"Don't Go" is a really surprising addition to the track list. Definitely one of the most ambitious songs the band has done so far, it features Lights again but this time round it's a wholely different affair. Most of the song is quite soft: some light strings, minimal drumming with Sykes' screams in the foreground, while Lights nimble but soothing voice delivers some haunting vocal lines - all leading up to a crescendo where the guitars finally kick in. The lyrics here show a side of him that you caught a glimpse of on the final album titled track of "Suicide Season", someone who seems more vulnerable than most would imagine with stuff like "God forgive me for all my sins, God forgive me for everything" and "Say you'll never leave me cause I need you so much" amongst others. I would have perhaps liked a catchier guitar part when the guitars actually came in but for the most part the song works really well. "Home Sweet Hole" is back on familiar ground, a driven and memorable chorus surrounded by visceral sounding guitar lines that zip by with some decent urgency. Other than a short acoustic interlude towards the end breaking the action up, there isn't all that much else to this track though. "Alligator Blood" similarly is perhaps a little on the safe side. Those gnarly guitar riffs while doing their job of slicing through the airwaves are such a staple to the Bring Me The Horizon sound that we are starting to get too used to them, less of a weapon and more of a cliche. "Visions" does a little better in all aspects, some very catchy guitar passages that helps lift the building monotony somewhat.

"Blacklist" slows the tempo right down, and might seem a little too one dimensional at first. I will admit that I was a little concerned at just how long the guitars seemed to be dragging along repetitively until the guitar solo crept in and then finally things picked up the pace for a bruising finish, saving the song somewhat. "Memorial" is a peaceful interlude track which follows that again displays the electronic side the band has now incorporated in their sound and serves as a well timed intermission, something needed after the meat of the middle section of the album. Following on, "Blessed With A Curse" is probably the final showpiece of the album, using the soft and heavy dynamics to the full extent that made the previous three strongest tracks so sucessful in my opinion. The way the song builds tension before unloading into the choruses is excellent, though the anticipation for one final epic crescendo is perhaps only slightly misplaced given that the song seems to end rather prematurely after a super tasteful guitar solo that just lingers alone with Syke's voice. Nevertheless it's a most enjoyable track and sets up nicely for the punishingly fast and heavy closer "Fox And The Wolf" that features Josh Scogin of The Chariot. A fitting end as the duo tear it up so to speak with fiery growls and screams all the way through.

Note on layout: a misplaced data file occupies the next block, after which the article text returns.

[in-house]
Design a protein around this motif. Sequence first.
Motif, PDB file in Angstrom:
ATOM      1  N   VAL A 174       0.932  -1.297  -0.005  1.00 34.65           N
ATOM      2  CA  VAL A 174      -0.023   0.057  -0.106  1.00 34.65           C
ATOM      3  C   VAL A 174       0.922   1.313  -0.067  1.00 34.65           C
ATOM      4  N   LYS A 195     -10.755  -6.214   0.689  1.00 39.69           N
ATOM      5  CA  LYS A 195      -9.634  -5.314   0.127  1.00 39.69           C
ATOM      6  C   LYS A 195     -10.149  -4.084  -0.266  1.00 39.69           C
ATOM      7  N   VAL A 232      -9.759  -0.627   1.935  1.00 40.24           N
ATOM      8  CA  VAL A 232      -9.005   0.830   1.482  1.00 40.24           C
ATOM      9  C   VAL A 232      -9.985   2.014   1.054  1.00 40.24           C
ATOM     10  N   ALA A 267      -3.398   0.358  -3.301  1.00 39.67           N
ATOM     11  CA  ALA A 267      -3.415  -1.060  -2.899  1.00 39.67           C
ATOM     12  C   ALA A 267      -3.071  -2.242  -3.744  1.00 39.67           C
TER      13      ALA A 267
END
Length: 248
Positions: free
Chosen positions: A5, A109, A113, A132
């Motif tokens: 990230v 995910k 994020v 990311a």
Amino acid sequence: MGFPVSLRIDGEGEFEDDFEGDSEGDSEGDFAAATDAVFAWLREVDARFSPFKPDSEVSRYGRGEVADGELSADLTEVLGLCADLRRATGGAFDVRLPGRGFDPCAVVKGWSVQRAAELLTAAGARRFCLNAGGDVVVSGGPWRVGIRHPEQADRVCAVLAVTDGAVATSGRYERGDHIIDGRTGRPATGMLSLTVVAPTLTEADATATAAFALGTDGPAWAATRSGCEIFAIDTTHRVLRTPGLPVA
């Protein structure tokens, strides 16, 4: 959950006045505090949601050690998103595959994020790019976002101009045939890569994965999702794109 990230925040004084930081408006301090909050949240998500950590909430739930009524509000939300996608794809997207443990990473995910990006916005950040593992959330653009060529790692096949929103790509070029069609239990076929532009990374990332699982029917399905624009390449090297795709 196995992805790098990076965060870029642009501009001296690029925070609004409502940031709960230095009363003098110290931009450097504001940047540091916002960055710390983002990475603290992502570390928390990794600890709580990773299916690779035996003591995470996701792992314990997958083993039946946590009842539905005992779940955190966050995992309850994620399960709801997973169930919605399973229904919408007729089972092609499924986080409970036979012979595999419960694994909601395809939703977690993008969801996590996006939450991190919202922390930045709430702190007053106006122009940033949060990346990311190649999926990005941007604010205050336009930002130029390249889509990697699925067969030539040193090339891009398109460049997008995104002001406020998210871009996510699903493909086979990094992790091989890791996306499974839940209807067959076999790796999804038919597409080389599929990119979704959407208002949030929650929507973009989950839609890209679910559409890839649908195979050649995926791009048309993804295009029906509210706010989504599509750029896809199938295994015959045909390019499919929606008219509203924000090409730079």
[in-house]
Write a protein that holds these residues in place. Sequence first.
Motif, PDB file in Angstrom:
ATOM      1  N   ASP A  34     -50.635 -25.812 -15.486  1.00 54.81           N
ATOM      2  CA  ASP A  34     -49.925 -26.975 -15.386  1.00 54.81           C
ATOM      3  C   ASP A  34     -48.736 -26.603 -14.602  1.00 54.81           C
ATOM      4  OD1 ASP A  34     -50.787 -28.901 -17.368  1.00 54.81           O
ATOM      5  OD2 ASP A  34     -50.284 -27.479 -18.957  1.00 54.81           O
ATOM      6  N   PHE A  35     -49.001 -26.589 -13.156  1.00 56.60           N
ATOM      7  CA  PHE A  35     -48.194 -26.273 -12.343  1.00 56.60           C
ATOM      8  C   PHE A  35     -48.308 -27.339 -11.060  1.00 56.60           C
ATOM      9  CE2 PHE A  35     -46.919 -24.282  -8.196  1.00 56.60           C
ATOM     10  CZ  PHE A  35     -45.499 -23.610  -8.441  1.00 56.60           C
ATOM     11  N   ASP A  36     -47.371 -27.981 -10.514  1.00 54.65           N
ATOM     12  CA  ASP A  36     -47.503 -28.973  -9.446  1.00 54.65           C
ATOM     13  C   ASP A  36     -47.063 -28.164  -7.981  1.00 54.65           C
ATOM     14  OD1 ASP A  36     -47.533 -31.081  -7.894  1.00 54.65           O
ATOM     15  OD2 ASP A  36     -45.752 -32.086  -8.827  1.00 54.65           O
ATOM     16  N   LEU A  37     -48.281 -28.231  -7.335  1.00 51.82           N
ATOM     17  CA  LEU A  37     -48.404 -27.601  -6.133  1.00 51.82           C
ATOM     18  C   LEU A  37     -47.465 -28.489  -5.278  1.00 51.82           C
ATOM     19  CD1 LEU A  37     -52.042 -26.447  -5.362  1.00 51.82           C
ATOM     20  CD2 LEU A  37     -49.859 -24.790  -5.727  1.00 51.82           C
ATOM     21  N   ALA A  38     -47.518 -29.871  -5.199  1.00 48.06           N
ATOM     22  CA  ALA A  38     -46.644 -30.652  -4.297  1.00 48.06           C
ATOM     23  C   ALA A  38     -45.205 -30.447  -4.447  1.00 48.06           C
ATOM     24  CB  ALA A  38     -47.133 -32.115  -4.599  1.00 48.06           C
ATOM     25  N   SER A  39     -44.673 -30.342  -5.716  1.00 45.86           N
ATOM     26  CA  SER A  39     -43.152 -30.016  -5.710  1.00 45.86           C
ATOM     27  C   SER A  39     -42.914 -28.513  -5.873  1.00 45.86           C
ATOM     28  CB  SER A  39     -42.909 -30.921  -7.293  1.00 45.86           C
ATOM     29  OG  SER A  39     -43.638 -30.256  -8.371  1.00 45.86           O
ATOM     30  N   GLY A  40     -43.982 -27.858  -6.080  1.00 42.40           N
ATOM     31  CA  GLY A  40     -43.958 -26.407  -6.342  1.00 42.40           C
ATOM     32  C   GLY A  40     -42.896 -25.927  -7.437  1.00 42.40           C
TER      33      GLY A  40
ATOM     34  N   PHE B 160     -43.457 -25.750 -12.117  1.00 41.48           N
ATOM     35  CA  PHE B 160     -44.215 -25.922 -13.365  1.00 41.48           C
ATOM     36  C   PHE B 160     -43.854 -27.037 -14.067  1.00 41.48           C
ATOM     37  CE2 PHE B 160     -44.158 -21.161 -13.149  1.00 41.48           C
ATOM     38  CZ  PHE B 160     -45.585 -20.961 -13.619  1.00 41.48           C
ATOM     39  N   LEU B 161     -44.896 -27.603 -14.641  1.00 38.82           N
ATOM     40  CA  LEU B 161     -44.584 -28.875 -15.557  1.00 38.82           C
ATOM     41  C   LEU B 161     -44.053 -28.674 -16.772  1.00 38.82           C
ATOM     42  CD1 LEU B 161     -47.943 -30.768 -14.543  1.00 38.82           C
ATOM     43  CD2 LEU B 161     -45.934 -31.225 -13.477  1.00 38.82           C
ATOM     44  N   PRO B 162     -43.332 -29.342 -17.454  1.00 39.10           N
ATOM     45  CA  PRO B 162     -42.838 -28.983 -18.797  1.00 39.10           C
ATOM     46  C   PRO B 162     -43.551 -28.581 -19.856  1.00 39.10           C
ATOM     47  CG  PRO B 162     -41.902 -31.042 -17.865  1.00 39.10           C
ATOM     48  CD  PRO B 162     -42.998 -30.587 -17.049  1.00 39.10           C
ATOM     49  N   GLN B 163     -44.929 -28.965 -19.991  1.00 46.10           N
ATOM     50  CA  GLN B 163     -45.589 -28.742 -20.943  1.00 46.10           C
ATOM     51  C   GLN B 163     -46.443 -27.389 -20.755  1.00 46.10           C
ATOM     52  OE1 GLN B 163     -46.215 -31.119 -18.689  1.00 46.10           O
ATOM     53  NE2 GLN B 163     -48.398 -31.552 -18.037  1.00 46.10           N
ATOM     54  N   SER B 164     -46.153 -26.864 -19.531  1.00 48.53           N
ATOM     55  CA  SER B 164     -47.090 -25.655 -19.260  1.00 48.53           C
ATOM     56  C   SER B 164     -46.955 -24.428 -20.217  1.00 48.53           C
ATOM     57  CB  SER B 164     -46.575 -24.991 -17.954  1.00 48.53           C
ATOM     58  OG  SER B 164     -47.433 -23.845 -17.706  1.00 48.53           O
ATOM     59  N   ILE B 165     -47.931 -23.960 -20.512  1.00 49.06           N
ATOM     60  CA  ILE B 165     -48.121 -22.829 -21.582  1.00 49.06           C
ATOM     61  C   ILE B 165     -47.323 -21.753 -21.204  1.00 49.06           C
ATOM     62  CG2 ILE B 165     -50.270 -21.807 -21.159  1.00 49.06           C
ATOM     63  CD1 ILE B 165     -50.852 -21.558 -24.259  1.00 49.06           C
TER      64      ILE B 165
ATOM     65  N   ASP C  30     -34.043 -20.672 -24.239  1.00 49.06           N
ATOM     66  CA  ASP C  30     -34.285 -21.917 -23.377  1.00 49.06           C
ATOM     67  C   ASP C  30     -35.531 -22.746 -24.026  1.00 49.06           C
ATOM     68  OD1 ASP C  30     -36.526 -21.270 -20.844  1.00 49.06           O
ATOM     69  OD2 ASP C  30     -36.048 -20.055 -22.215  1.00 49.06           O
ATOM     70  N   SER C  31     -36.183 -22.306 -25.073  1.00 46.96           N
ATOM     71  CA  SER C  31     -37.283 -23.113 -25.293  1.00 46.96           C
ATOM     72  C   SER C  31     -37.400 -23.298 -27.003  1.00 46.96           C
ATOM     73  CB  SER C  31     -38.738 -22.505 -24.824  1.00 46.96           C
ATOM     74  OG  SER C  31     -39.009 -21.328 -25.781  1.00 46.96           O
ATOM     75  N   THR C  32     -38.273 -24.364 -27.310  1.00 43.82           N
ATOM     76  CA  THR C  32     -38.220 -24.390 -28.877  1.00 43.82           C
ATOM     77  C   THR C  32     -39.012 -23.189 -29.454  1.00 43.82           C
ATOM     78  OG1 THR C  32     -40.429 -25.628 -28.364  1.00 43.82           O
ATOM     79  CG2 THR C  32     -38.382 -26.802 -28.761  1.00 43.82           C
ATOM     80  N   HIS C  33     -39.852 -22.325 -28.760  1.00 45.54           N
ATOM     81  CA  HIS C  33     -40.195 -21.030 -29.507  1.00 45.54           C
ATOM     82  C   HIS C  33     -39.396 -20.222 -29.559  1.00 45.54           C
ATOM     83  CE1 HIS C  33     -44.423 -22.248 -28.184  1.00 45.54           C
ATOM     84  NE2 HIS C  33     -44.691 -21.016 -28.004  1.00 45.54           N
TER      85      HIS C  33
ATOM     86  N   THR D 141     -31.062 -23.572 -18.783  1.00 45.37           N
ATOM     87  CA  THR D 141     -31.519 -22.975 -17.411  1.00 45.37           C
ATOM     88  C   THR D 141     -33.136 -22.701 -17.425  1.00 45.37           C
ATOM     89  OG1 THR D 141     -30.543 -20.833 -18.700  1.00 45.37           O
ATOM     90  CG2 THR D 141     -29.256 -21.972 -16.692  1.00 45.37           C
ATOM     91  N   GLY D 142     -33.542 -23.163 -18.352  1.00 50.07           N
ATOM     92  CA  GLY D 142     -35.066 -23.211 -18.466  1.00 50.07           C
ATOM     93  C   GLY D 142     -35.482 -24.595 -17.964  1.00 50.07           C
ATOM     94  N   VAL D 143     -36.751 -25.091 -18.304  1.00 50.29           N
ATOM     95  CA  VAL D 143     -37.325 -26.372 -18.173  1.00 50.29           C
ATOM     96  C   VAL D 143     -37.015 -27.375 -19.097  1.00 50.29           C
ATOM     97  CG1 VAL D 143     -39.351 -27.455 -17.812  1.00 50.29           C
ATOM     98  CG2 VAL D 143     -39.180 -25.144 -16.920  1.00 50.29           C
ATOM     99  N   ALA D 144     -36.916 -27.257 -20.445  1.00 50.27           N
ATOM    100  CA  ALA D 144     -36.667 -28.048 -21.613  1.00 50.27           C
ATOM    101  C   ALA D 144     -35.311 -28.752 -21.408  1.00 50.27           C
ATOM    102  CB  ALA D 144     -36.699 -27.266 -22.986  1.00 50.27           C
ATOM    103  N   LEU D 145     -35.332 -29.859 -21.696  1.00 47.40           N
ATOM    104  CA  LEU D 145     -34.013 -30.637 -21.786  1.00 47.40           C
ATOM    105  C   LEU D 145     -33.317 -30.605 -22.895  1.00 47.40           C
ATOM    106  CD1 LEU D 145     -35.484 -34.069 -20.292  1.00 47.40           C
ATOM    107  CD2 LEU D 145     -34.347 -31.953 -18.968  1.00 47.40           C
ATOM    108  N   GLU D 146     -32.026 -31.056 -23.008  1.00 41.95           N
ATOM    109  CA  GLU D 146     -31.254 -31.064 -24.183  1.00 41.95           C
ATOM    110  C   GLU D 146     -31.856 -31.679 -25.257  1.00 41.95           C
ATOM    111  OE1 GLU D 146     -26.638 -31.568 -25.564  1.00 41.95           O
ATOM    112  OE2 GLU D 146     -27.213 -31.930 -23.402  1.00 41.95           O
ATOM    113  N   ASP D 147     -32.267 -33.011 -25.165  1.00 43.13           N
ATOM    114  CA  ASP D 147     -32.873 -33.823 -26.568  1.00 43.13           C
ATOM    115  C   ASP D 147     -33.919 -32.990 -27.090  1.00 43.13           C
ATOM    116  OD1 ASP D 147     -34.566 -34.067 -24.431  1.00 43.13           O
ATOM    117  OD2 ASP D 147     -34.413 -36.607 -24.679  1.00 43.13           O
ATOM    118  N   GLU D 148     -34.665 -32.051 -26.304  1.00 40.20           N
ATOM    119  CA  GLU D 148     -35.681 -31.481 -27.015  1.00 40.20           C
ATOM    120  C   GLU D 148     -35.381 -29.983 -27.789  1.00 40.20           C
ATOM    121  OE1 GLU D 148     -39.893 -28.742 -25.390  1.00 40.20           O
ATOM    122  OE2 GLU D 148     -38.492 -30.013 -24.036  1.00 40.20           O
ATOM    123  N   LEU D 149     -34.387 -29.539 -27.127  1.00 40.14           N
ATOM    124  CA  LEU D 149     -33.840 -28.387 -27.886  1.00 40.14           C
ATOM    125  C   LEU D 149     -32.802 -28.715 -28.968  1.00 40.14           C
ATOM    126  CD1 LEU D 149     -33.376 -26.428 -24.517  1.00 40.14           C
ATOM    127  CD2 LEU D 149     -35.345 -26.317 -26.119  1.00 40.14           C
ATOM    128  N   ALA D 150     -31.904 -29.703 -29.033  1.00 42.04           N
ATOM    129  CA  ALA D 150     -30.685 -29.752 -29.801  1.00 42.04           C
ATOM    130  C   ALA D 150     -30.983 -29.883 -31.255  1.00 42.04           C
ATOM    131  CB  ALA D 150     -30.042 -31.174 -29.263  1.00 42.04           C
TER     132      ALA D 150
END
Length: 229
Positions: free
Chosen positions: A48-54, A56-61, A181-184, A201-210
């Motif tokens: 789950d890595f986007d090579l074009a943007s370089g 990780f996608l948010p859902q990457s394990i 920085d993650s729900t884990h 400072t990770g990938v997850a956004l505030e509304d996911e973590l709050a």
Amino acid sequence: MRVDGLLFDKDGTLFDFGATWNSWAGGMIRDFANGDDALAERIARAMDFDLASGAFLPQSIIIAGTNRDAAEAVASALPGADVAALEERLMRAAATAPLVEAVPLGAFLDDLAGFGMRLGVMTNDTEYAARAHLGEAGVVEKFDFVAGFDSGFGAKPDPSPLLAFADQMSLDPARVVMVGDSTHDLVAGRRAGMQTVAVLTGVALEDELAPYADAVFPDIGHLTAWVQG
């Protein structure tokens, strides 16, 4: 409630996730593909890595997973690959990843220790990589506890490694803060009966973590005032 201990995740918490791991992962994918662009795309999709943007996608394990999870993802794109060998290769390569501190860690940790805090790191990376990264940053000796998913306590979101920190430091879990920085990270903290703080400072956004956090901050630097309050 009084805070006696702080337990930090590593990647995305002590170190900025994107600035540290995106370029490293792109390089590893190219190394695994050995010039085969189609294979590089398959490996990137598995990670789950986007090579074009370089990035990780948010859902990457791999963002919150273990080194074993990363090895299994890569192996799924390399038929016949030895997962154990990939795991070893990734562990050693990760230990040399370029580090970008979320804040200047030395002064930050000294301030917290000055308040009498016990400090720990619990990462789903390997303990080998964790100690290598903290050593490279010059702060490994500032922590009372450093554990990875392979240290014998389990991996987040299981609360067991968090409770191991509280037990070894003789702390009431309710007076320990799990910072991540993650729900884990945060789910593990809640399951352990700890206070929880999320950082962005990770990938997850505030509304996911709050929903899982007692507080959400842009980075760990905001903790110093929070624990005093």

So there you have it folks, Bring Me The Horizon have more or less successfully shown that progression is working in their favour when they try to push some boundaries here and there. There's a couple of small missteps along the way, including the somewhat average middle section of the album, which won't turn as many heads as much as perhaps the more ambitious songs in "Don't Go" and "Blessed With A Curse". That aside, heavier inclusions like the closer "Fox And The Wolf", "Visions" and "Anthem", will at least ensure the fans who prefer that side of the band won't feel left out amongst the undoubtedly more popular single material in "Crucify Me", "It Never Ends" and "Fuck". At the end of the day this is definitely a highlight release for the genre even if it won't strike a chord with everybody out there. Certainly also worth a look to see what all the fuss is about because you never know, this might be the album to finally change your opinion on what these guys are all about.

Download: It Never Ends, Fuck, Don't Go, Blessed With A Curse
For the fans of: Architects, Gallows, UnderOATH
Listen: Myspace

Release date 04.10.2010
Visible Noise Records